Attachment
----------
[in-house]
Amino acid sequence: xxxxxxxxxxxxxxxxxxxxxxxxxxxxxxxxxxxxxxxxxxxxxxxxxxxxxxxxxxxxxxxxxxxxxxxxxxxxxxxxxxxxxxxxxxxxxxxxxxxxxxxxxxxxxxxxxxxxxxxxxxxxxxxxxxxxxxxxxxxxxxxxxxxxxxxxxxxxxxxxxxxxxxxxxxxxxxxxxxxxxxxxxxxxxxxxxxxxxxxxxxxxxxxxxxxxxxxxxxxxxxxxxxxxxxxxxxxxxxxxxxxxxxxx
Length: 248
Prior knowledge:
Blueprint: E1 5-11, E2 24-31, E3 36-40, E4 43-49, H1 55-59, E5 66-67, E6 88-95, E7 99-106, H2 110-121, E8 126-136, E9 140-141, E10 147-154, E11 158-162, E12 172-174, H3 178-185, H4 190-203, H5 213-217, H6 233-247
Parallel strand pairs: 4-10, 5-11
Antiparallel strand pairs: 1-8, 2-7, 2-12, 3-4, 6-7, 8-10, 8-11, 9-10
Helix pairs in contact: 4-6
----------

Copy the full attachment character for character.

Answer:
[in-house]
Amino acid sequence: xxxxxxxxxxxxxxxxxxxxxxxxxxxxxxxxxxxxxxxxxxxxxxxxxxxxxxxxxxxxxxxxxxxxxxxxxxxxxxxxxxxxxxxxxxxxxxxxxxxxxxxxxxxxxxxxxxxxxxxxxxxxxxxxxxxxxxxxxxxxxxxxxxxxxxxxxxxxxxxxxxxxxxxxxxxxxxxxxxxxxxxxxxxxxxxxxxxxxxxxxxxxxxxxxxxxxxxxxxxxxxxxxxxxxxxxxxxxxxxxxxxxxxxx
Length: 248
Prior knowledge:
Blueprint: E1 5-11, E2 24-31, E3 36-40, E4 43-49, H1 55-59, E5 66-67, E6 88-95, E7 99-106, H2 110-121, E8 126-136, E9 140-141, E10 147-154, E11 158-162, E12 172-174, H3 178-185, H4 190-203, H5 213-217, H6 233-247
Parallel strand pairs: 4-10, 5-11
Antiparallel strand pairs: 1-8, 2-7, 2-12, 3-4, 6-7, 8-10, 8-11, 9-10
Helix pairs in contact: 4-6